‘J.M.W. Turner: Adventures in Colour’, the major exhibition recently opened at Turner Contemporary in Margate, ends in disaster. The final gallery is dominated by The Deluge (1805), Turner’s dark, dramatic image of watery cataclysm, in which he hurls a writhing mass of naked humanity into the path of a vast tsunami. The painting is an abrupt departure from the rest of the exhibition, which explores the artist’s experimental use of colour throughout his career, and also surveys his lifelong engagement with that most un-apocalyptic of seaside towns, Margate. It is a show that brings out Turner’s versatility across a variety of media and genres, but there is nothing to forewarn us of this final doom.
The Deluge has been included to act as a bridge between the Turners and a contemporary film installation being shown concurrently in an adjacent room: John Akomfrah’s Vertigo Sea. Partnering historic and contemporary art is a risky business that has a tendency to work better in theory than in practice. But on this occasion it is a potent combination; the Turners and Akomfrah’s work play off each other in surprising and illuminating ways. Vertigo Sea explores the sublime beauty and horror of the sea, and yet more than holds its own alongside the storms and seascapes of Turner – Britain’s greatest marine painter.
Vertigo Sea is an installation of three large screens on which is projected a shifting montage of film clips that combine to present a prolonged meditation on man’s troubled relationship with the sea. No summary can do justice to the range of imagery that appears in the piece. Much of it is extremely beautiful footage of the oceans, natural landscapes and wildlife made by the BBC Natural History Unit. Interwoven with this are archive news clips that add a human dimension: refugees in boats, arctic expeditions and whaling voyages, for example. And added to the mix are a series of tableaux vivants which show actors dressed as historic figures who act as onlookers to the other scenes. The imagery is restless, washing back and forth across the triptych of screens in a rhythm that is reminiscent of the sea itself. At times compelling, perplexing, or appalling, it maintains an uneasy mix of beauty and horror, and avoids settling into a consistent aesthetic or single narrative.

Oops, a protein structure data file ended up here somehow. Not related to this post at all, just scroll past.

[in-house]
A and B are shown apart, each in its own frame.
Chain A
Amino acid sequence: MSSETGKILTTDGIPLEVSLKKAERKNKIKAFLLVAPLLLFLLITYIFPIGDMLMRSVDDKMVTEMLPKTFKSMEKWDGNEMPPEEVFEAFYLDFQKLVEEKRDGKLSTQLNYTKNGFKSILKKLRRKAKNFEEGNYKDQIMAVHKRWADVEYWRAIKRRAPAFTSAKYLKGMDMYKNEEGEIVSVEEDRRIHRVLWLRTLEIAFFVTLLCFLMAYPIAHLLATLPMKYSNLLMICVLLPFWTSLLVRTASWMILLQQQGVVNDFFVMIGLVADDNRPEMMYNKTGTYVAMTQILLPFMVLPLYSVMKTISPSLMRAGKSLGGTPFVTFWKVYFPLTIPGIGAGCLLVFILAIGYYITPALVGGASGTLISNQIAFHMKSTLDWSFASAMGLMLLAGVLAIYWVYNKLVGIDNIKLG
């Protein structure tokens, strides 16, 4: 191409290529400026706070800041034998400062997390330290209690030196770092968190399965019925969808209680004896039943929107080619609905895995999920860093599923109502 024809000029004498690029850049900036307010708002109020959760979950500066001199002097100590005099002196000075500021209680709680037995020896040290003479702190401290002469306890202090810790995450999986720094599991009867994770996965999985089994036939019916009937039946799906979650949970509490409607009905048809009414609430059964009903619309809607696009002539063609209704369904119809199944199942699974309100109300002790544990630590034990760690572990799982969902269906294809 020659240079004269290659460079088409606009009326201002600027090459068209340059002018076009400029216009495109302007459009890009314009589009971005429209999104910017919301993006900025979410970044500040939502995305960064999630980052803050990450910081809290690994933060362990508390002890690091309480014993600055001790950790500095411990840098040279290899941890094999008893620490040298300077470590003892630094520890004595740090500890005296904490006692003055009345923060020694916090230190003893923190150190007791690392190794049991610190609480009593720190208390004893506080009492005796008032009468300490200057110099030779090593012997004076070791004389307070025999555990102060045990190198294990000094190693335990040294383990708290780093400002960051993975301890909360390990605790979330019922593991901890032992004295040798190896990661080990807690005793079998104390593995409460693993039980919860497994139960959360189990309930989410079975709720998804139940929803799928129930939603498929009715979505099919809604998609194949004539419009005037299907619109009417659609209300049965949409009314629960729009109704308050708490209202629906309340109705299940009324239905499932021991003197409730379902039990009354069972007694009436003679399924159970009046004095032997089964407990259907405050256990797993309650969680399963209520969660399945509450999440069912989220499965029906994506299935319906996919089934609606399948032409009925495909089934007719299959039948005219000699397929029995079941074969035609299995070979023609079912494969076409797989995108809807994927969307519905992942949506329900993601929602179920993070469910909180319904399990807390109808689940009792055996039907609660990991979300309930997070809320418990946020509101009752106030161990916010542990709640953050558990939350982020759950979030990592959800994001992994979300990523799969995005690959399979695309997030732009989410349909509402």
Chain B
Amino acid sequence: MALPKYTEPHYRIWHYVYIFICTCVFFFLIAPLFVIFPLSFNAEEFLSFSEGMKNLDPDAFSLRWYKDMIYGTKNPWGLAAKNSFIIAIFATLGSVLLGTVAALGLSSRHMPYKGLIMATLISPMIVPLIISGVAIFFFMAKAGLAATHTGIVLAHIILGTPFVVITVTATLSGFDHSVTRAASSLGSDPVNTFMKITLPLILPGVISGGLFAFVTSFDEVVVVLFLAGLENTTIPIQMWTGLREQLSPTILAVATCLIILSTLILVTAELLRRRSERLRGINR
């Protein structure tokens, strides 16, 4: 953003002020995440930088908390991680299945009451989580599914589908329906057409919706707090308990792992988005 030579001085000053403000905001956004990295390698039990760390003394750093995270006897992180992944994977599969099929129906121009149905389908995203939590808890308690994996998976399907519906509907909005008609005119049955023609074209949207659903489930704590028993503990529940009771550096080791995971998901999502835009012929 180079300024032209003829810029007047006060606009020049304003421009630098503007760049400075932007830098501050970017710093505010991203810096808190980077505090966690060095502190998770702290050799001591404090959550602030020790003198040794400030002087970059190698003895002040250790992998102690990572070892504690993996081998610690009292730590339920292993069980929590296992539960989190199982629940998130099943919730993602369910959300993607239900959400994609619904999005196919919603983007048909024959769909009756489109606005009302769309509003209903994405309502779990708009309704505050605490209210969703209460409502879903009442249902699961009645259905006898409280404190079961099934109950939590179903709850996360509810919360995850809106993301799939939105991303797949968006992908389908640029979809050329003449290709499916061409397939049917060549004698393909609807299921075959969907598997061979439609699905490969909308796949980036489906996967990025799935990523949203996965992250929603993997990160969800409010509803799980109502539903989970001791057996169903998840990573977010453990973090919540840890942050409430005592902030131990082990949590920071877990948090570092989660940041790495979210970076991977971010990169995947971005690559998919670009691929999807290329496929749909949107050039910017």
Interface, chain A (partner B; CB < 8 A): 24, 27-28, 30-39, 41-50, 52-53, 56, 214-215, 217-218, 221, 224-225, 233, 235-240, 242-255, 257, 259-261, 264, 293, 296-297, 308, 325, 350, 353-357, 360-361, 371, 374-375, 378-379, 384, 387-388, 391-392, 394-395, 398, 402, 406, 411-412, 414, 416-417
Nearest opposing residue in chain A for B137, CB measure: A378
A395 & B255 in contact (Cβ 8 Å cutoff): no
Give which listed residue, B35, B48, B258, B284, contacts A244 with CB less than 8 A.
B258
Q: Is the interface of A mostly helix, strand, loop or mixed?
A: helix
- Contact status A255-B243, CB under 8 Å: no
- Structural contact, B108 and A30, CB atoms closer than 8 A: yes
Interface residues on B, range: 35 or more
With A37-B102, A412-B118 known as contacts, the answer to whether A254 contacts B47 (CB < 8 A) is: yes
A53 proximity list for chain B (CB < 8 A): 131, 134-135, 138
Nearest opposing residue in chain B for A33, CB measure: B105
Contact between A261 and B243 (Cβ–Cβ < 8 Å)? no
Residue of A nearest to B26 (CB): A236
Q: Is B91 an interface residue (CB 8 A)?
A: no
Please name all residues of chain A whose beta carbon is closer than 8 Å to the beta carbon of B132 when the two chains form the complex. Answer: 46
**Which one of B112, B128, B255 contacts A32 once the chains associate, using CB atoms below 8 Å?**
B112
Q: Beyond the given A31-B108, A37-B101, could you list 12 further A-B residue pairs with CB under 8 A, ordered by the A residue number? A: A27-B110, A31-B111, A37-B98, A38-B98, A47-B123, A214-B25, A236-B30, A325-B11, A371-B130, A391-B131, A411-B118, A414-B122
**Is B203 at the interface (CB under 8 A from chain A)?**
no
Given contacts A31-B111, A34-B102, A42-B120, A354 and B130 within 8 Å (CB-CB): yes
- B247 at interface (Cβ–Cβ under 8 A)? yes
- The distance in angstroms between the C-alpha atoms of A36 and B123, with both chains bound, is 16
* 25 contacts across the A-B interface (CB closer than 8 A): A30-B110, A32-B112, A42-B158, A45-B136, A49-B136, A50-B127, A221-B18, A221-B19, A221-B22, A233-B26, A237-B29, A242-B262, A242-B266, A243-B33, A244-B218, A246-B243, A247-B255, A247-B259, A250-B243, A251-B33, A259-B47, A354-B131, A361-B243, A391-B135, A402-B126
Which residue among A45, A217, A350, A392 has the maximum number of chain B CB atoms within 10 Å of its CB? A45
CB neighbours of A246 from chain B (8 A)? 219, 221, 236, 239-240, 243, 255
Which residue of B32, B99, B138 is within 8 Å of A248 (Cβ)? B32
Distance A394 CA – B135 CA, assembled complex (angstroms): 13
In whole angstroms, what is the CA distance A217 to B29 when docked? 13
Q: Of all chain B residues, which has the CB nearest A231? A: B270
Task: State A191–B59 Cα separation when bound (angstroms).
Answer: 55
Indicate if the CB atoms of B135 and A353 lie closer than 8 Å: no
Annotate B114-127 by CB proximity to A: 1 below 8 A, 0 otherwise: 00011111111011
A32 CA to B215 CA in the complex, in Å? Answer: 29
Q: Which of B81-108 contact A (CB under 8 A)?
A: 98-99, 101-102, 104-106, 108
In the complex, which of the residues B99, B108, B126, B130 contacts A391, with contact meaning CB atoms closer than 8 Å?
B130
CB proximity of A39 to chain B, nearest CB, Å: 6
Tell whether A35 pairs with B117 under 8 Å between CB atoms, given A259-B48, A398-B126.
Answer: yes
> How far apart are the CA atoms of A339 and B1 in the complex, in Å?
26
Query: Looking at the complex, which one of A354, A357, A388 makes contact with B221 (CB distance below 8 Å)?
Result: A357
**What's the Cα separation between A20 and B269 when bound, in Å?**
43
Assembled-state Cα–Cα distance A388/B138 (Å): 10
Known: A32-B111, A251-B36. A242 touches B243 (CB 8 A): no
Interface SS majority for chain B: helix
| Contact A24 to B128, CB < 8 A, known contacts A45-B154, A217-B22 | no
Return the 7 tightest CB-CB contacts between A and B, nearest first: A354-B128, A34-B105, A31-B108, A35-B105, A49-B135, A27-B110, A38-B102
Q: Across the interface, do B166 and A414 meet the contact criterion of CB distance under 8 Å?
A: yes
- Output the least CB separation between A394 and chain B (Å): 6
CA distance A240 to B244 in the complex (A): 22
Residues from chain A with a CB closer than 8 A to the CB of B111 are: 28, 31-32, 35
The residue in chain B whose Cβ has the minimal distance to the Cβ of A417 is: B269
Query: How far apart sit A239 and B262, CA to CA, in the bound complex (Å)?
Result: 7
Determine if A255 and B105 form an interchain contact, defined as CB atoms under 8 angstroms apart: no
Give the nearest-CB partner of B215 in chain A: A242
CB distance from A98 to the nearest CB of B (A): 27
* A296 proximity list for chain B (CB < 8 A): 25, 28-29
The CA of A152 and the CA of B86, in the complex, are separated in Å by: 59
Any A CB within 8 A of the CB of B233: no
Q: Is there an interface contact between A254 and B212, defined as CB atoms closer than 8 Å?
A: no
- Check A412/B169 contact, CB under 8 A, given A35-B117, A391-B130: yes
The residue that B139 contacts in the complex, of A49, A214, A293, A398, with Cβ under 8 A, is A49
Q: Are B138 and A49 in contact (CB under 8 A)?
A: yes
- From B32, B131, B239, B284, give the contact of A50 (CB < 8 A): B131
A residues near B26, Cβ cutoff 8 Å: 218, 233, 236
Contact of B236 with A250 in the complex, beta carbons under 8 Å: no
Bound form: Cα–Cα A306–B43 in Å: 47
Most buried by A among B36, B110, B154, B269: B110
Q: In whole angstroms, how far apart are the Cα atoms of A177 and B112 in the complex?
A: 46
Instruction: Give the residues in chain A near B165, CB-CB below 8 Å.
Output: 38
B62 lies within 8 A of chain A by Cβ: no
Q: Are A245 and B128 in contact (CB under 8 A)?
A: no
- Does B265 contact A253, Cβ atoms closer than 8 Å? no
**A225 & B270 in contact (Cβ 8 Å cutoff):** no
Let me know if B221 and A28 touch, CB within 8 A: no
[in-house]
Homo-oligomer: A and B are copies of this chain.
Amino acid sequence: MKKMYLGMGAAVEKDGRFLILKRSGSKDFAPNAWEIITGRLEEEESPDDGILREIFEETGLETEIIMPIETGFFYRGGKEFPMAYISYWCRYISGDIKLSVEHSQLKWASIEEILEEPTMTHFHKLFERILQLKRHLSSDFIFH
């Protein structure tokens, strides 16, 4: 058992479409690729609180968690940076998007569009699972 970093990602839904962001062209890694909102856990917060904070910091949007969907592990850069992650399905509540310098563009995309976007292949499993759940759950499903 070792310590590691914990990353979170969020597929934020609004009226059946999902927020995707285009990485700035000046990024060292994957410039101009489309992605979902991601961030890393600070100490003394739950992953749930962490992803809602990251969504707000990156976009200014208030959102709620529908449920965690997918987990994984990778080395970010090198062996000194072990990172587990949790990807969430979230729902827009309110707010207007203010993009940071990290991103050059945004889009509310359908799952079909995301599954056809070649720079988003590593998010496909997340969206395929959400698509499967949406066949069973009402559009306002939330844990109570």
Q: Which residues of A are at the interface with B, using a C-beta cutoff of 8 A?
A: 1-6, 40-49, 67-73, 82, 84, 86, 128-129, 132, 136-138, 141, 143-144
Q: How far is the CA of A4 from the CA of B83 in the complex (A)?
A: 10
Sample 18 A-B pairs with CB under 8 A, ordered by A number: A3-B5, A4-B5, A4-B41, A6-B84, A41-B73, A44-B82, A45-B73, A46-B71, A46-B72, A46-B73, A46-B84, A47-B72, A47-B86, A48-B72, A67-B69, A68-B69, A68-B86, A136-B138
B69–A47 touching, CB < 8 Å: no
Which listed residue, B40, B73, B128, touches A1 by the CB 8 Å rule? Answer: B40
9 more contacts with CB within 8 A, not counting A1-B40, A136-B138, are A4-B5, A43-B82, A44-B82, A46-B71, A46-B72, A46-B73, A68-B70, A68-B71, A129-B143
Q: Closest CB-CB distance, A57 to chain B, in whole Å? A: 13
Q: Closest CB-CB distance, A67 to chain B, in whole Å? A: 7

There’s a lot going on here. Migration is a recurrent theme, and particularly the fate of refugees forced to make perilous ocean crossings. People drown, and their bodies wash up on the shore. Similarly, there are references to the slave trade and to the human cargoes that were thrown overboard for commercial gain. The whaling industry also features prominently, presenting humanity in a different relationship with the sea, but one equally marked by cruelty and exploitation. Through the film’s different modes of witnessing – wildlife documentary, historical recreation, news reportage and imaginative literature – it calls into question our position as impartial observers to the ocean’s dark and violent history.
Akomfrah describes his approach to filmmaking as bricolage – the mixing of fragments of history and memory in order to allow new meanings to emerge. With Vertigo Sea he is addressing current questions about displacement, migration and the refugee crisis. He speaks in particular about the dehumanising rhetoric that allows migrants to be described as a contagion, or as ‘cockroaches’, a development he describes as amnesia, a deliberate forgetting of the historical context in which these current events should be seen. But Vertigo Sea is effective because it does not broadcast a message. It presents a vivid and overwhelming visual experience, but leaves space for the viewer’s imaginative response to the film’s imagery.
Vertigo Sea has obvious resonances with Turner’s work. Akomfrah recalls visiting Tate when he was a child and being inspired by Turner’s storms and shipwrecks. For Turner, the sea was a stage for human drama, where man’s vulnerabilities were laid bare. And he too made slave ships and whalers his subjects. But the sea is not the dominant theme of the current Turner exhibition: more important here are the elements of air and light, and the way Turner developed radical, and often controversial, uses of colour to capture the effects of light through air.
Surprisingly, this is the first major exhibition to explore Turner’s use of colour. It is a well-curated show, bringing together over 100 works, some rarely seen, others well-known masterpieces, but here looked at afresh. However, next to Akomfrah’s work, the theme of colour takes on an abstract, dispassionate quality. Returning to the Turner exhibition after seeing Vertigo Sea, I found myself ignoring Turner’s colour, but seeking out instead the human figures that populate his paintings. They are often lumpen, unlovely creatures – Turner was, and is, often derided for the way he painted people – but they are essential to his art. Look again at the shivering girl in Frosty Morning (1813), the crooked gleaners in Calais Sands at Low Water – Poissards Collecting Bait (1830), or the flood victims in The Deluge, and we remember that he was an artist who was concerned with more than sunlight and vapour. He felt a deep sympathy for vulnerable humanity and its struggle in the face of the overwhelming forces of history and nature.
‘JMW Turner: Adventures in Colour’ and ‘John Akomfrah: Vertigo Sea’ are at Turner Contemporary, Margate until 8 January 2017.